Prince Heinrich Posthumus von Reuss (1572-1635) certainly did. As a devout Lutheran, this ruler of territories in central Germany arranged for a custom-built coffin clad in copper and covered with quotations from the Bible. Well in advance, he planned every detail of his memorial service, choosing texts from Scripture as well as Lutheran chorales, and even indicating that he wished some of those to be set to music by the greatest Lutheran composer of his day, Heinrich Schütz. After the prince’s death, his widow commissioned Schütz to do just that, and the result was one of the towering masterpieces of the early Baroque, the Musikalische Exequien.
A highlight of this year’s Boston Early Music Festival was a heart-meltingly beautiful performance of Prince Heinrich’s funeral music by Vox Luminis, the Belgium-based early music ensemble, in Jordan Hall on Friday night. Led by Lionel Meunier, their co-founder and artistic director, they gave an account of this music that reminded me why I love it so much.
The Musikalische Exequien’s carefully chosen text is a testimony to the faith of Prince Heinrich. Its just-as-carefully crafted music is a testimony to the faith of Schütz himself. It has often been compared to Johannes Brahms’s German Requiem, another composition that sets an ad hoc collection of biblical texts dealing with death and our hopes that reach beyond the grave. It is true that there is some textual overlap; however, where Brahms’s work is non-sectarian and even universal in its appeal, Schütz’s is intensely confessional, as Lutheran as anything from the pen of J.S. Bach.
It is also a testimony to the temper of its times. The spare settings make quite a contrast to the lavish forces of Schütz’s earliest compositions, most notably his Psalmen Davids, a collection of grand double-chorus motets published in 1619, not long after his return to Germany from studies in Venice under his mentor, Giovanni Gabrieli. Schütz was the conduit by which the Venetian polychoral style was passed to the next generation of German composers (see below), but although the Musikalische Exequien is as deft in its choral deployments as anything Gabrieli ever wrote, its lean, somber cast bespeaks more than just its function as funeral music fit for a prince.
In 1618 Europe tumbled into the generation-long religious bloodletting we remember as the Thirty Years’ War. The fighting, mainly on German soil, left millions dead and millions more destitute. Though Prince Heinrich’s territories were relatively unscathed, it is impossible not to hear overtones of the tragic geopolitical context in the prince’s selection and Schütz’s setting of texts like “Es ist allhier ein Jammerthal” (“This life is but a vale of tears”) and “Ach, wie elend is unser Zeit / allhier auf dieser Erden” (“O how wretched is our time / upon this earth”). What spoke so eloquently to 17th-century Germans retains its rhetorical power even today.
It was easy to see why Vox Luminis’s recording of the Musikalische Exequien (Ricercar ASIN B004S7ZZ5Q) won Gramophone’s Recording of the Year award for 2012. This repertory has been tackled by plenty of robust, muscular choruses, and also by quite a few that put their stress on blend and balance. However, I can’t recall the last time I heard brains and brawn brought together in just this way, with amazing cohesiveness and the heft of a much larger group from a band of only a dozen singers. Their intonation was impeccable, and their metrics were marvelously flexible, keeping step with all of Schütz’s rhythmic subtlety. Their German diction was so clear that I could almost have taken down the text in shorthand.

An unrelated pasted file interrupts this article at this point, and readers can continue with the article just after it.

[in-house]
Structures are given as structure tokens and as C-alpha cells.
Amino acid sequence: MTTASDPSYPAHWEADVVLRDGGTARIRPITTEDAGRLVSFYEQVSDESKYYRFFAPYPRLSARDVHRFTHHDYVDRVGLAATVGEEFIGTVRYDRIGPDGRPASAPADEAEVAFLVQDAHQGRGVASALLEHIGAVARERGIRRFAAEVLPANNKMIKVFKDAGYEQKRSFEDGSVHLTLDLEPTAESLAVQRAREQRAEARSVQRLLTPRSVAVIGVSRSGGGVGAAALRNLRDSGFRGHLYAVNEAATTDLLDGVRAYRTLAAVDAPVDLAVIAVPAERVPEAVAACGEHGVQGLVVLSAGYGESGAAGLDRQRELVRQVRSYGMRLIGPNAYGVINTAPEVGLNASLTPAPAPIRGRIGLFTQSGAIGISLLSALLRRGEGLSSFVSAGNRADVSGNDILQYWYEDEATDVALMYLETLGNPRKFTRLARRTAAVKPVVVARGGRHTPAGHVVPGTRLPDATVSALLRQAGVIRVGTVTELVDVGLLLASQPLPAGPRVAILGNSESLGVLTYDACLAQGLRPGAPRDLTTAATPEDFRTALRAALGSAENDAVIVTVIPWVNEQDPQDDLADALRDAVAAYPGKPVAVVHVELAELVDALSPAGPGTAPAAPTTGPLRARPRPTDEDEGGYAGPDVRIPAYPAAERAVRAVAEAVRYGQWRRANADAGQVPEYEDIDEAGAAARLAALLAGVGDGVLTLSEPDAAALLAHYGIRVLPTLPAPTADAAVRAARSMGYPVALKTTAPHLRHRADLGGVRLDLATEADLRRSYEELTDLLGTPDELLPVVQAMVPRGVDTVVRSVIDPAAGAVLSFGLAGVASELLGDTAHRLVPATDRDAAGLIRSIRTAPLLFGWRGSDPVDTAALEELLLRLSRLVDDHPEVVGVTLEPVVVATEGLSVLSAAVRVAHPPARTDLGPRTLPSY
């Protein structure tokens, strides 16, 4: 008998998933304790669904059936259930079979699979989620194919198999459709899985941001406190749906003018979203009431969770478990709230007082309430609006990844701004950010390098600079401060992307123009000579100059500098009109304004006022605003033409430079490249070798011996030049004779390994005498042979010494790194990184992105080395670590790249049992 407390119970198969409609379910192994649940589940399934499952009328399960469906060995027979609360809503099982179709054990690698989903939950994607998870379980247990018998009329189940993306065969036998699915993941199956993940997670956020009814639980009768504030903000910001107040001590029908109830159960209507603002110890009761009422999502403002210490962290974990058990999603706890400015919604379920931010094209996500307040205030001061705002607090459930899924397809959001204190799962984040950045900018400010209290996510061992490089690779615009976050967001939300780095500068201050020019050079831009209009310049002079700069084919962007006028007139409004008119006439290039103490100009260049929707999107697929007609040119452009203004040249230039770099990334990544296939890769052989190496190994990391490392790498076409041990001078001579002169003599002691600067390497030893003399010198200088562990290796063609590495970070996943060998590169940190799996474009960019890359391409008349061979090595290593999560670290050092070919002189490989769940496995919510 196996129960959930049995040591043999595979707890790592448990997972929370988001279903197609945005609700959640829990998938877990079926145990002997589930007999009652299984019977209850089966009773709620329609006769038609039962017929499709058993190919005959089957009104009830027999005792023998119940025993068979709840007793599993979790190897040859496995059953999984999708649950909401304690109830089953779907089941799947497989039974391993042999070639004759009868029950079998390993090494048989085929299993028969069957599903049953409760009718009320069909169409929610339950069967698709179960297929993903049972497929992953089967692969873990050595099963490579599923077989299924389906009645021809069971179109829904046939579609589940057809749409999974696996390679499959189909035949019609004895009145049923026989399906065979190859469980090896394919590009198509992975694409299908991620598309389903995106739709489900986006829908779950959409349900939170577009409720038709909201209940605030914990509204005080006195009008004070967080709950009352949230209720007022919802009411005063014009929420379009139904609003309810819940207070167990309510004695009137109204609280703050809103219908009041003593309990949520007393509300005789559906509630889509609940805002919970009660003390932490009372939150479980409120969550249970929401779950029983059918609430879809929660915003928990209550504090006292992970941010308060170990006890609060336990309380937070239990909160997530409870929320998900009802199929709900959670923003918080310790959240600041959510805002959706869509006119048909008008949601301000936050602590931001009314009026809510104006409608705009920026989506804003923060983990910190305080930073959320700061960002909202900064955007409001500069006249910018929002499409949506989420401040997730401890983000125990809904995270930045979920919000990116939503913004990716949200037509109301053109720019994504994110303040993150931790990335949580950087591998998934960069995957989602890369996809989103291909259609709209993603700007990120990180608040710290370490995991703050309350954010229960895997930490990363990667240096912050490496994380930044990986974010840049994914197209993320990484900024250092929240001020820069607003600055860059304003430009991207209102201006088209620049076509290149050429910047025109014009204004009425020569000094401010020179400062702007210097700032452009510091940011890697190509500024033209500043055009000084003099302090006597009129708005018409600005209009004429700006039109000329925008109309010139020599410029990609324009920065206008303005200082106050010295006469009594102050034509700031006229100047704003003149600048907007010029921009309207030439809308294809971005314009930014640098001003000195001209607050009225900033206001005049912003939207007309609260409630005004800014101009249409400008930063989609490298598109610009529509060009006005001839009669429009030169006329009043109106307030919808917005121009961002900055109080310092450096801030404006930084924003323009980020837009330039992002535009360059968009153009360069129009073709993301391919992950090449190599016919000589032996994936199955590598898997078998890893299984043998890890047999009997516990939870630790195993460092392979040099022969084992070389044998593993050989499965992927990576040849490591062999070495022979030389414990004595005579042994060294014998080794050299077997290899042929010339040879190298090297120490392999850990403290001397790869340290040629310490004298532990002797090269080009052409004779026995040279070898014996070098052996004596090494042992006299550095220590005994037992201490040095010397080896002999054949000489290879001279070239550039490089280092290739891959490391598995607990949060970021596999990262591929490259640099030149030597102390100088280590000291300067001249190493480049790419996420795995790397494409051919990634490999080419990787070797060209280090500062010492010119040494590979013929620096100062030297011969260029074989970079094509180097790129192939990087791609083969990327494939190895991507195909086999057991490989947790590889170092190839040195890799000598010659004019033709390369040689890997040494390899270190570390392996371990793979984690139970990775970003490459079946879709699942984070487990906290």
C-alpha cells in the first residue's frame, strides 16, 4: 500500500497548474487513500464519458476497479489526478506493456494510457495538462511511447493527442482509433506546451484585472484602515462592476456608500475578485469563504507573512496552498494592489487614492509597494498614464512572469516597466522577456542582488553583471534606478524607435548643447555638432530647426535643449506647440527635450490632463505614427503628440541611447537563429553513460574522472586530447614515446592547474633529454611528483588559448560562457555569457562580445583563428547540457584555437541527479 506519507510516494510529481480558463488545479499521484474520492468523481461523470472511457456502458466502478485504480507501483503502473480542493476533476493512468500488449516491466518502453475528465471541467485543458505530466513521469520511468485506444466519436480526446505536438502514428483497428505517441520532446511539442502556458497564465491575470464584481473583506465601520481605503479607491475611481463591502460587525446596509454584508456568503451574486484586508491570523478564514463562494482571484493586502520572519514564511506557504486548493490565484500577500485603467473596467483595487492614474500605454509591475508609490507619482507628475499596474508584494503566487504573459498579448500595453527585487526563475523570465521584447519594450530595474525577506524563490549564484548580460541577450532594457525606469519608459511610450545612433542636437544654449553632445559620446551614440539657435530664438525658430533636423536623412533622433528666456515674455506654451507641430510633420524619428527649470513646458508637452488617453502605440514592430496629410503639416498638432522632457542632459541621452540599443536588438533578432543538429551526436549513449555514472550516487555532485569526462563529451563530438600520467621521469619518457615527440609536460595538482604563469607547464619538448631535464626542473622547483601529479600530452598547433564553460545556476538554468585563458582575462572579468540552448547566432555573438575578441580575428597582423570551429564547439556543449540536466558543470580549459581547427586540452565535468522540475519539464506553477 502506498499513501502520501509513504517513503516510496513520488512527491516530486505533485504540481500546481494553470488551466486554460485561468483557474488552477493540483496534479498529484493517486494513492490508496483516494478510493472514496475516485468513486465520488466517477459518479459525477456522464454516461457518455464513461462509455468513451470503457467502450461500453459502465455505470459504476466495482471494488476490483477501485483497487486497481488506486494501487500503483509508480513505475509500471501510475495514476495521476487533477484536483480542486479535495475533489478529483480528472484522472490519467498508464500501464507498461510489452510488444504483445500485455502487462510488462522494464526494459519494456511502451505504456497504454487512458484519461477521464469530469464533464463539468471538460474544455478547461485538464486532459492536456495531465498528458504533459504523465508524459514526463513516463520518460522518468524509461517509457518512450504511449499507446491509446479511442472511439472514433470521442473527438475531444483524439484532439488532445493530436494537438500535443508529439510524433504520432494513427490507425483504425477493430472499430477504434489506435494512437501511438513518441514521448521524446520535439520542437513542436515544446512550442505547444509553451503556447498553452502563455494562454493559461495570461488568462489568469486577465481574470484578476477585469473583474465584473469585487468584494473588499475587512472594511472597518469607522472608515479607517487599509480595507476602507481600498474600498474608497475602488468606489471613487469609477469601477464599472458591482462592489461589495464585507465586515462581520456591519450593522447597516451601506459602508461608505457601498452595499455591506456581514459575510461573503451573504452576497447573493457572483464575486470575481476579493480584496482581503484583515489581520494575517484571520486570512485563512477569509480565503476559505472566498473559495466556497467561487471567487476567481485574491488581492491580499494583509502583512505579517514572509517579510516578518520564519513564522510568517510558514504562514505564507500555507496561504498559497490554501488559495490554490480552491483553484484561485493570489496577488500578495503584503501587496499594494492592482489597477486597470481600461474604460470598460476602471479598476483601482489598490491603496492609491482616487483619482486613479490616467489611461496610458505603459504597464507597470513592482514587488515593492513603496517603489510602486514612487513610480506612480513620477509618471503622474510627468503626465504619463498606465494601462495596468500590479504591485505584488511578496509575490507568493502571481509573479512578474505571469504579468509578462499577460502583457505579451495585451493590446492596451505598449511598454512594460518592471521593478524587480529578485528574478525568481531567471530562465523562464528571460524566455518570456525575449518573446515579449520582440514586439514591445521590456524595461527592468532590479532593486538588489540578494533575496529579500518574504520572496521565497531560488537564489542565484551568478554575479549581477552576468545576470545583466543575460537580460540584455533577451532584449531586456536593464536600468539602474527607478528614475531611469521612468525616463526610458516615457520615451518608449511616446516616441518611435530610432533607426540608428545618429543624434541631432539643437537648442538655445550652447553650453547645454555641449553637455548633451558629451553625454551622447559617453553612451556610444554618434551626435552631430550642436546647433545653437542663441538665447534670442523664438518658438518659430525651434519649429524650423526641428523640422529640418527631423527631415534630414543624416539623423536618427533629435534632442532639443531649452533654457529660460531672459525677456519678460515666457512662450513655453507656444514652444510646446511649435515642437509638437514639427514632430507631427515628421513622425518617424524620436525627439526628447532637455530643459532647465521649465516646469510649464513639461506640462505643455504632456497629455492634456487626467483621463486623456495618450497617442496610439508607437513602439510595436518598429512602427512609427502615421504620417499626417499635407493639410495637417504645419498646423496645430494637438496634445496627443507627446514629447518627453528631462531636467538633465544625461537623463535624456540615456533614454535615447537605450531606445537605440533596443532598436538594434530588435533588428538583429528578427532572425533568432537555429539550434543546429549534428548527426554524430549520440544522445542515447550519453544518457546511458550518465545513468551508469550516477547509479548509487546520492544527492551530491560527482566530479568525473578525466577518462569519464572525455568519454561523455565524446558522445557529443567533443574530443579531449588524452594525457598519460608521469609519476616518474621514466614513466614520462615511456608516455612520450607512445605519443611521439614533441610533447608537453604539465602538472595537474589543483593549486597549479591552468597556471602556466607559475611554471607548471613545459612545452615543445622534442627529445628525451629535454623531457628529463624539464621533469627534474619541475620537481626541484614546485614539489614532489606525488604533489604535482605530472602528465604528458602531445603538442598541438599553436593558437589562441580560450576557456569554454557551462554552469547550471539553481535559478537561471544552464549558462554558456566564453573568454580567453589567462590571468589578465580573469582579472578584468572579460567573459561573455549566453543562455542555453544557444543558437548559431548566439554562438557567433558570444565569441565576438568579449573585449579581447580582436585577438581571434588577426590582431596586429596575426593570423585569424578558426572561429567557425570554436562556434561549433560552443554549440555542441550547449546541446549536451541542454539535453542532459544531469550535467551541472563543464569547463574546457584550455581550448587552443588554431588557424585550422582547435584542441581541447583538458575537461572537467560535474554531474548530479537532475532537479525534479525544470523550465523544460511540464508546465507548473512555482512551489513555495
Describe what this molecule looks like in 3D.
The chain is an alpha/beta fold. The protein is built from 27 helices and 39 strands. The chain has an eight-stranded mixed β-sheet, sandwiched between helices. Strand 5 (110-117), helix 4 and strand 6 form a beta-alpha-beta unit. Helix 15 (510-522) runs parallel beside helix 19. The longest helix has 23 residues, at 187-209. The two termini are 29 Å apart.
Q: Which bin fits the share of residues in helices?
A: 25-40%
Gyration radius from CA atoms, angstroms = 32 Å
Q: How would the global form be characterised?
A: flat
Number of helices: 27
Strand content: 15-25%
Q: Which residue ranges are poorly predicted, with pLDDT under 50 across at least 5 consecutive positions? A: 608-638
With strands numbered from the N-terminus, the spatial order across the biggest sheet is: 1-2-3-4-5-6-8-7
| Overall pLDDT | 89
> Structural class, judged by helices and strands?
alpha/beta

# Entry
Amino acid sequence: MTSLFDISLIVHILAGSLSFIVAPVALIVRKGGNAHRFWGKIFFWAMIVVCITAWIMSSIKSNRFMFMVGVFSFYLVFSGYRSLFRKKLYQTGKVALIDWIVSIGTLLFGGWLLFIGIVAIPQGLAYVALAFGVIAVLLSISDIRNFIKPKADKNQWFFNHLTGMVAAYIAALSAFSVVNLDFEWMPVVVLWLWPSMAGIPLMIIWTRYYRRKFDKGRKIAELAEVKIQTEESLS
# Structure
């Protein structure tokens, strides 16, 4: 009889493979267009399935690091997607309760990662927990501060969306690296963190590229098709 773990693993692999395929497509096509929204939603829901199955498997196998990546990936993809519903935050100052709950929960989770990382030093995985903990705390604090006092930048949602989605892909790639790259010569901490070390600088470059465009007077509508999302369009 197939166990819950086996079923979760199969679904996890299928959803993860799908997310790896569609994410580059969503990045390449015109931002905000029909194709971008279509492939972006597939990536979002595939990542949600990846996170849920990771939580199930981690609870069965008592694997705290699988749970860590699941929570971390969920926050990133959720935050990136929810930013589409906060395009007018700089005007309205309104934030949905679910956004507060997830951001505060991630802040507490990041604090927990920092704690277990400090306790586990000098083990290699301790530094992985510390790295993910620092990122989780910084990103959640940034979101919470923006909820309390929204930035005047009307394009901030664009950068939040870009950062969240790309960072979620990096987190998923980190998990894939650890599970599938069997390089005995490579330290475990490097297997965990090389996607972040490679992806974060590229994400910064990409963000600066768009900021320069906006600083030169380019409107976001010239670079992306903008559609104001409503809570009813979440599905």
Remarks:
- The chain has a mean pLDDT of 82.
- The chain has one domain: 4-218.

The most moving passage in this most moving of works is its finale, a setting of the prayer of Simeon recorded in Luke 2:29-32, the “Nunc Dimittis” that figures in so many Christian liturgies. Schütz added the antiphonal voices of “blessed souls” intoning the words of Revelation 14:13, “Selig sind die Toten, die in dem Herren sterben”
(“Blessed are the dead which die in the Lord”), a text that Brahms also used in the final movement of his German Requiem—and here Meunier and his ensemble made their only misstep of the evening. Such an antiphon can be sung quietly, or it can be sung from offstage, but it’s a mistake to try to sing it quietly from offstage. The result on Friday night was that the “blessed souls” were practically inaudible.
The remainder of the evening was taken up with performances of church compositions by various members of the Bach family, beginning with the generation after Schütz and concluding with near-contemporaries of Johann Sebastian himself. Schütz’s influence was obvious in Johann Bach’s antiphonal setting of the chorale text, “Sei nun wieder zufrieden meine Seele” (“Be content, O my soul”), and in the alternating homophony and counterpoint of Johann Michael Bach’s “Herr, wenn ich nur dich habe” (“Lord, if I have none but thee”). Most striking, though, was the passion of Johann Ludwig Bach’s “Das Blut Jesu Christi” (“The blood of Jesus Christ”), with its Pietist invocation of “deine Nägel, Krön, und Grab” (“your nails, crown, and tomb”). Meunier and Vox Luminis got inside all these texts, and they took us inside them as well. It was quite a trip.
The singers encored with a touching account of Johann Michael Bach’s “Unser Leben währet siebenzig Jahr” (“Our life endures for seventy years”). But in spite of the post-intermission shower of Bachs, the star of the show was undoubtedly Heinrich Schütz. As my daughter and I were leaving the hall, I asked her what she thought was the biggest difference between Schütz’s Musikalische Exequien and Brahms’s German Requiem. “That’s easy,” she replied. “The Schütz is better!” Based on what we heard from Vox Luminis on Friday night, I’m inclined to agree.